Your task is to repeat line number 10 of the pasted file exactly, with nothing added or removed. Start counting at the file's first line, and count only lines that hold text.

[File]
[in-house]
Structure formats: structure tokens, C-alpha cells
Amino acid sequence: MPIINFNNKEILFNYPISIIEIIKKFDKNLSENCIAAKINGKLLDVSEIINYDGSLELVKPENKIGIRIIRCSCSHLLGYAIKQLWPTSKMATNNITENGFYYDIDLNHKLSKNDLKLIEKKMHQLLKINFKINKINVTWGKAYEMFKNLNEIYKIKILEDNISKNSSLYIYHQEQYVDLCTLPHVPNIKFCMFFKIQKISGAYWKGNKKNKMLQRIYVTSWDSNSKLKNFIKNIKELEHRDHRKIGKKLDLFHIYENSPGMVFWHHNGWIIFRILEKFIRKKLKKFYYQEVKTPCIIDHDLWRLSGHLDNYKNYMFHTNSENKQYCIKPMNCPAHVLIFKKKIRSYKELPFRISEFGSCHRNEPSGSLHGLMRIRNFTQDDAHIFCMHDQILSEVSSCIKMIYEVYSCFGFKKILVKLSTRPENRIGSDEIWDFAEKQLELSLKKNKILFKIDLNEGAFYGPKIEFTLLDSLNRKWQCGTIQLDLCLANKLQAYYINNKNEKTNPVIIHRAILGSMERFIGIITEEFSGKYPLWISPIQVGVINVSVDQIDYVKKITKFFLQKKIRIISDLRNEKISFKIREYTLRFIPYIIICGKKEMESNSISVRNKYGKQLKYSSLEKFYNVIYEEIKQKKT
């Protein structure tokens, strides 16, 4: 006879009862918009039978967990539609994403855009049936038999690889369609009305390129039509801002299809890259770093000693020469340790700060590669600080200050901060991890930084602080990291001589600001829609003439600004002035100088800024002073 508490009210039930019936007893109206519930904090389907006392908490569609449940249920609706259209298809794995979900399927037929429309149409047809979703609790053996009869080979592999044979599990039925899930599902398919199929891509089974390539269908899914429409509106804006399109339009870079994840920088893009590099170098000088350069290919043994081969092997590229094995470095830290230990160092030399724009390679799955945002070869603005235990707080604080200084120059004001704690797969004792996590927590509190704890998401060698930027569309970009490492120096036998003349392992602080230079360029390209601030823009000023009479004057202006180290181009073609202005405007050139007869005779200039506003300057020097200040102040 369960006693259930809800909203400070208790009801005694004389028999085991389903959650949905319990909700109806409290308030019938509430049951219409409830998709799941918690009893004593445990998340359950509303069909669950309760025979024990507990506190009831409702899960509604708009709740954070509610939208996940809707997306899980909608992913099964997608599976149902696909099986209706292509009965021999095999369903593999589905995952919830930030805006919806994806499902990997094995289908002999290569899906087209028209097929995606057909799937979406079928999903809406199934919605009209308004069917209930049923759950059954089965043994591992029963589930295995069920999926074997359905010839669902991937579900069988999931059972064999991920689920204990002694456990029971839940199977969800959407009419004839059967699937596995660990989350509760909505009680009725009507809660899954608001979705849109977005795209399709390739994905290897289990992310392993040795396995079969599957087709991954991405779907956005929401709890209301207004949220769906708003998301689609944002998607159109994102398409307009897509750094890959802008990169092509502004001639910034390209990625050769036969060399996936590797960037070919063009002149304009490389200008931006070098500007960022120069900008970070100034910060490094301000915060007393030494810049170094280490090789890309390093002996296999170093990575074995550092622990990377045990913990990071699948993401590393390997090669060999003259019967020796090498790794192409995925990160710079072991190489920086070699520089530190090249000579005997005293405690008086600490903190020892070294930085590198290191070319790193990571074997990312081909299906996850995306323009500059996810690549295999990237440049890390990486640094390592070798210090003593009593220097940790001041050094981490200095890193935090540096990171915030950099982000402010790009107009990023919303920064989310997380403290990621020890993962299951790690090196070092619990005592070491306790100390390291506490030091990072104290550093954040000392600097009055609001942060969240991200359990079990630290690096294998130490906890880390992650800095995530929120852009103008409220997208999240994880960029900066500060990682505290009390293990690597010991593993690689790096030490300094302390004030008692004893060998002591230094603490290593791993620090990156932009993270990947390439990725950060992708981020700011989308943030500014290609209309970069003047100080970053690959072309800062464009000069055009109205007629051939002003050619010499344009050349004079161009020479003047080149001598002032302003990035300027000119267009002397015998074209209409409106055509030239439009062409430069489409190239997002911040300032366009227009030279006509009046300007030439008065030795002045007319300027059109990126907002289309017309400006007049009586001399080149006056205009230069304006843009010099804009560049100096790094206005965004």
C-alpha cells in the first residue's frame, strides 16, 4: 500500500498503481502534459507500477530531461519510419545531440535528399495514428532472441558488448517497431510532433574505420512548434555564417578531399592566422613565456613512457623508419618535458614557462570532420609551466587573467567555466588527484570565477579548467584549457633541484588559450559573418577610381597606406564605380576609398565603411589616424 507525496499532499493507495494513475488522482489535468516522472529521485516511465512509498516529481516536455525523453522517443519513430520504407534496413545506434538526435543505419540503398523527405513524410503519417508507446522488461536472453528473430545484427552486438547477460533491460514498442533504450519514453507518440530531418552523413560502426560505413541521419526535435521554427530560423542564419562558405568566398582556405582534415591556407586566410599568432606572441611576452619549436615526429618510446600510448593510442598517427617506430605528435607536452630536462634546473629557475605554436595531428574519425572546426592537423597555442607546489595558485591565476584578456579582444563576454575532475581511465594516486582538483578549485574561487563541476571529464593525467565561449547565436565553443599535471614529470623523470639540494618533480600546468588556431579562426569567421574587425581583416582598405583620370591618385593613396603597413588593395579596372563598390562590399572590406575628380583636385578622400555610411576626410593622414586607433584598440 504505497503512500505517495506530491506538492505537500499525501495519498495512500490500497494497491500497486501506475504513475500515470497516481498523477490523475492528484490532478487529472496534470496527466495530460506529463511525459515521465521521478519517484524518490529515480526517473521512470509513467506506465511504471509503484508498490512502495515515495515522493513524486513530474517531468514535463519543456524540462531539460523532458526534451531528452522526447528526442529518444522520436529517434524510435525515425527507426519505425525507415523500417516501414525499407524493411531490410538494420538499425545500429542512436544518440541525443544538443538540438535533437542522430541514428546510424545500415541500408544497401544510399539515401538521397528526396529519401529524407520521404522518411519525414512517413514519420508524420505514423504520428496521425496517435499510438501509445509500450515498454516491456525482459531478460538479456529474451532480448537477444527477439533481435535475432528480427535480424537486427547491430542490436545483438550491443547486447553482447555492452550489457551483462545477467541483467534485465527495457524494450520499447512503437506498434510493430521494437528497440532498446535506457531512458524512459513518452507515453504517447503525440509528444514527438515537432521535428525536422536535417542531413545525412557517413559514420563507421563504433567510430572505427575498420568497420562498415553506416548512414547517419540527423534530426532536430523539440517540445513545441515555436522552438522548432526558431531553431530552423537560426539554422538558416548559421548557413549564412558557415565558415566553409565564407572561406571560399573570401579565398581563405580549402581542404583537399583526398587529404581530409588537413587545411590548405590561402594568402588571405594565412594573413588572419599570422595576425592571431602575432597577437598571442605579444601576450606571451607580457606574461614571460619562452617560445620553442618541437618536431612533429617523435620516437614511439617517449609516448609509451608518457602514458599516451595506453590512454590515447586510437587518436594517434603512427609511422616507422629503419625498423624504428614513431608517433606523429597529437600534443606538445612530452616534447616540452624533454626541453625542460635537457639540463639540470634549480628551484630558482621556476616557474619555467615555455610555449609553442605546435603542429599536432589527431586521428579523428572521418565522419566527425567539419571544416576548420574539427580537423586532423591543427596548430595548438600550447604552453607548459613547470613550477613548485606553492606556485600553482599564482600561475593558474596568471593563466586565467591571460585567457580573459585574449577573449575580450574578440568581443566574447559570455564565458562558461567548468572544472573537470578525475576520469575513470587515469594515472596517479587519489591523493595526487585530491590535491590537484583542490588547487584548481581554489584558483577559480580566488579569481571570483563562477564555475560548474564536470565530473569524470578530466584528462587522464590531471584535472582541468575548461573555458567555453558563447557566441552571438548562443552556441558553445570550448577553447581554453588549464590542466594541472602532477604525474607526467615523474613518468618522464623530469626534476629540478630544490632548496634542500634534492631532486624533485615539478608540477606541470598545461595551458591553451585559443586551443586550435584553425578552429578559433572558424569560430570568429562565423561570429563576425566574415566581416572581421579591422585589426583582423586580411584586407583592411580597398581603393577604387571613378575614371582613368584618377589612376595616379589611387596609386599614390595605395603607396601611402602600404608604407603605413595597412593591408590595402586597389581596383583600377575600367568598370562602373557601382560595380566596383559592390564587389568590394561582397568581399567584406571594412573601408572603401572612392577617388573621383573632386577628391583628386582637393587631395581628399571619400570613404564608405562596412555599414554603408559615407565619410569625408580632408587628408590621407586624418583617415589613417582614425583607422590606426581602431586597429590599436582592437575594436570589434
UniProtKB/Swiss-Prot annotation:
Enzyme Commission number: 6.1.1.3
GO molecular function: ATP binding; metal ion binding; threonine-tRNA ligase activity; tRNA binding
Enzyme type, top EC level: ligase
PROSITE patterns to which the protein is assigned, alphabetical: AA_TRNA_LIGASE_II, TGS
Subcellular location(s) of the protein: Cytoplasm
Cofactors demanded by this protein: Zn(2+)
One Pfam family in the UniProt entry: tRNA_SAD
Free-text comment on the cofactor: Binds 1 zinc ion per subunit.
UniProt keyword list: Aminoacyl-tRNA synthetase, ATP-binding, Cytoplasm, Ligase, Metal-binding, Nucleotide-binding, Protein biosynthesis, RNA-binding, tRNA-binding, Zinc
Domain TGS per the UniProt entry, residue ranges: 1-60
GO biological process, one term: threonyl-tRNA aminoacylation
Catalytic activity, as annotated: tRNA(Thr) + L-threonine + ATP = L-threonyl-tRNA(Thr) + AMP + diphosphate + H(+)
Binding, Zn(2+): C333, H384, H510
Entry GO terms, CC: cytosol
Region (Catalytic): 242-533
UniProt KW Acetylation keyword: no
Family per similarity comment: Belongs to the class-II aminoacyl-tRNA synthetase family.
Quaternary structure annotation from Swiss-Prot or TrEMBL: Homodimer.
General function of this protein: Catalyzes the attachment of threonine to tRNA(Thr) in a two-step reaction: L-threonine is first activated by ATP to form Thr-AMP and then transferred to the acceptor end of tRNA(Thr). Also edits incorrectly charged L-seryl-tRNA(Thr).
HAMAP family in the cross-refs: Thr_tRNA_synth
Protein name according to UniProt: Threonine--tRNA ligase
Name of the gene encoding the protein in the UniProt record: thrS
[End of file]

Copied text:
PROSITE patterns to which the protein is assigned, alphabetical: AA_TRNA_LIGASE_II, TGS